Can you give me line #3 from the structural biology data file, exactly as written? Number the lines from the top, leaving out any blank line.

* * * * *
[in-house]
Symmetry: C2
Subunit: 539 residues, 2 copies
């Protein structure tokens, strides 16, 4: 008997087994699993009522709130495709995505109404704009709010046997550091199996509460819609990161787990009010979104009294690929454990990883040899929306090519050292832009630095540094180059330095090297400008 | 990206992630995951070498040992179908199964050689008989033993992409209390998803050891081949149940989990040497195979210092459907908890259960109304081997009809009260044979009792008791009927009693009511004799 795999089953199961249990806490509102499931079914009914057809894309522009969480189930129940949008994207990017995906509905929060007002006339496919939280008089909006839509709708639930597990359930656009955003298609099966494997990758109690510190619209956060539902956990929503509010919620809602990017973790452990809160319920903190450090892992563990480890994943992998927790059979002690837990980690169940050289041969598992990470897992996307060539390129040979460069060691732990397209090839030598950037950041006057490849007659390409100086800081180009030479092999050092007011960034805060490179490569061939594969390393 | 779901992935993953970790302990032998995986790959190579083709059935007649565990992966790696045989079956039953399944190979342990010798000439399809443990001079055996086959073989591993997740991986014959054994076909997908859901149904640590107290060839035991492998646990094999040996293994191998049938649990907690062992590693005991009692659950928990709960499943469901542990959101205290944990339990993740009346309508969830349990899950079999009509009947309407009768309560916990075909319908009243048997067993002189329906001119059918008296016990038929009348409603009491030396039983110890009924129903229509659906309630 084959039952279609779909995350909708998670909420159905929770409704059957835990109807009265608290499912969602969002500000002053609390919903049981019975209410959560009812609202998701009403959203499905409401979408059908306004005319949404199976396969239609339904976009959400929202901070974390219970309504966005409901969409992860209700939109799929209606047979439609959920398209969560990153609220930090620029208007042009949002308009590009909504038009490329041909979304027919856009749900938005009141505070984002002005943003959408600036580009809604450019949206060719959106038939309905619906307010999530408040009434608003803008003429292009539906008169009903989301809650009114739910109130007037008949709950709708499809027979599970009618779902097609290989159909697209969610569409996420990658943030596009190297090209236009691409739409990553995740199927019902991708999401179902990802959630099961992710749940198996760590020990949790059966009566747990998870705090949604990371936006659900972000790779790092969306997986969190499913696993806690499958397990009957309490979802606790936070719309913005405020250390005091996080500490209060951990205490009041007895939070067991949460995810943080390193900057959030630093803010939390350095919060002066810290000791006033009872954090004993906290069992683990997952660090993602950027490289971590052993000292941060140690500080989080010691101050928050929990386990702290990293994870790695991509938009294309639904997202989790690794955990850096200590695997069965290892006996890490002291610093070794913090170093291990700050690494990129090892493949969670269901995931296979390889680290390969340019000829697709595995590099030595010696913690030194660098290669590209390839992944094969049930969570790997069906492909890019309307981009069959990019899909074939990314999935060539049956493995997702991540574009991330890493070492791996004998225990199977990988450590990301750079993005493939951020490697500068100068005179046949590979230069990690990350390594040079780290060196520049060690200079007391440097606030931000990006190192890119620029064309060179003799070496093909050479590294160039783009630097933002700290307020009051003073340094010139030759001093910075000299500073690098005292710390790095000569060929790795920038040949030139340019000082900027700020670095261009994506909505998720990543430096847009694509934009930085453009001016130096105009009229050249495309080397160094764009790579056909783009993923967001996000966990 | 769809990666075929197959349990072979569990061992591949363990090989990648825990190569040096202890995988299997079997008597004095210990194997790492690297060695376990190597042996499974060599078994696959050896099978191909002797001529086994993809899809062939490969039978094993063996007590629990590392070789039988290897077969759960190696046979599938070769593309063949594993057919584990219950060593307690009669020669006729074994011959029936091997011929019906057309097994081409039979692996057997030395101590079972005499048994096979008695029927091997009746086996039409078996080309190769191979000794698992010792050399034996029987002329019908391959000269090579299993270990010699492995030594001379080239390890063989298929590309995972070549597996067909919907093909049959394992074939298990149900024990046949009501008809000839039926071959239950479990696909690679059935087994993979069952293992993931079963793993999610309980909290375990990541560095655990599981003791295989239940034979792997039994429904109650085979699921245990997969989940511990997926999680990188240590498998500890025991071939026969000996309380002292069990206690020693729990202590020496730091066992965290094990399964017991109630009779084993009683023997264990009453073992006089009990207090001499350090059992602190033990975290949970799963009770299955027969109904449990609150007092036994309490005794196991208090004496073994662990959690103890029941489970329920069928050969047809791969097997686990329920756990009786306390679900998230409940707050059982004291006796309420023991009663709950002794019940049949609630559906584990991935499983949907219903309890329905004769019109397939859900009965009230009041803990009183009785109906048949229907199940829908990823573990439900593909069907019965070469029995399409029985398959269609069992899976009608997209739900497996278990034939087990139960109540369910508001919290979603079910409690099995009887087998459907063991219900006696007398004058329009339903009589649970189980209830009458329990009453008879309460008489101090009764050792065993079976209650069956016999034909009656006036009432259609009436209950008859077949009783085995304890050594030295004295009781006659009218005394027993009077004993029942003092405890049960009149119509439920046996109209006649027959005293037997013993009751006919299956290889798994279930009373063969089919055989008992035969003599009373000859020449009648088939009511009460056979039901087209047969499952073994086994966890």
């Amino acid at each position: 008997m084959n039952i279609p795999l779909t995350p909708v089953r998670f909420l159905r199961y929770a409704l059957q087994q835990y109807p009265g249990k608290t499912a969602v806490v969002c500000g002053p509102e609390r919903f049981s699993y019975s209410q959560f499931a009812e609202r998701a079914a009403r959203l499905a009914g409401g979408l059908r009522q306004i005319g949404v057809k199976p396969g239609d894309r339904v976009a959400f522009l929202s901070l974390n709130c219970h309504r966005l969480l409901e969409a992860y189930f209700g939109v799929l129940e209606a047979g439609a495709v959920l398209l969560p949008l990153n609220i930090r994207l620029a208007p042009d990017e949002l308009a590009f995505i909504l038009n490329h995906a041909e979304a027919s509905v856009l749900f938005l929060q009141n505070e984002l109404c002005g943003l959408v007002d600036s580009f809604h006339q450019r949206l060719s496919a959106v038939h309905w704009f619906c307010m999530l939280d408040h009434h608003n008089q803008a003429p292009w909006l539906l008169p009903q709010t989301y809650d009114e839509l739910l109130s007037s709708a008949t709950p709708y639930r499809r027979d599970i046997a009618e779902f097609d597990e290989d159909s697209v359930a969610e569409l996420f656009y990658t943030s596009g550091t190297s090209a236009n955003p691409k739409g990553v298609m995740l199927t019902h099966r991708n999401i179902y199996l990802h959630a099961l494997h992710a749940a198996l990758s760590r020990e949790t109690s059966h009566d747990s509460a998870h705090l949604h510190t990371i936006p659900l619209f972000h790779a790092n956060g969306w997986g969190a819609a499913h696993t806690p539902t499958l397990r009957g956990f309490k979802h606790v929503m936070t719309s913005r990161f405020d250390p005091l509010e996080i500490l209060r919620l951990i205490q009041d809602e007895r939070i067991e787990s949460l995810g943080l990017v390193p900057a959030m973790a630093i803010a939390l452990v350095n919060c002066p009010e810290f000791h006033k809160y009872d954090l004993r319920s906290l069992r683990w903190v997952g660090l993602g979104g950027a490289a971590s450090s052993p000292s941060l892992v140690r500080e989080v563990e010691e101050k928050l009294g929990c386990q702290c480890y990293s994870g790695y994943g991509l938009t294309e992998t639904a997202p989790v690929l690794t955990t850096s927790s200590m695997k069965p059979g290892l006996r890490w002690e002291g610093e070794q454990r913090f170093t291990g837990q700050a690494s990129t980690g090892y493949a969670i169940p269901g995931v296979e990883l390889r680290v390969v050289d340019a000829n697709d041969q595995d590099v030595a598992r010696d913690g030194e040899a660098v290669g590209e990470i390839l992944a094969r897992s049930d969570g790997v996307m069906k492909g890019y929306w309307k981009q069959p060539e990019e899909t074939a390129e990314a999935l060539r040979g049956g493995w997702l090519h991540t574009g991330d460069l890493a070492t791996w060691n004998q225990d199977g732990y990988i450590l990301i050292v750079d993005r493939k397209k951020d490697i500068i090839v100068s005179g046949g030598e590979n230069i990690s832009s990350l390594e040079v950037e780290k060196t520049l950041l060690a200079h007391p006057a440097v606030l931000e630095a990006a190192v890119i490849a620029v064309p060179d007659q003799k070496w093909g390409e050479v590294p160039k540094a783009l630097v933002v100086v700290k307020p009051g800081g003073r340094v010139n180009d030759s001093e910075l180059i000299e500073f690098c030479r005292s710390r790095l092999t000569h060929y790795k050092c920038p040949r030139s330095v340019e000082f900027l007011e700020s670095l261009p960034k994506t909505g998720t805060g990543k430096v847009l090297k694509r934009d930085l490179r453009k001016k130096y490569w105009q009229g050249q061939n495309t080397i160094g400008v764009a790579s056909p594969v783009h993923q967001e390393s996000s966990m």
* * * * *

Subunit: 539 residues, 2 copies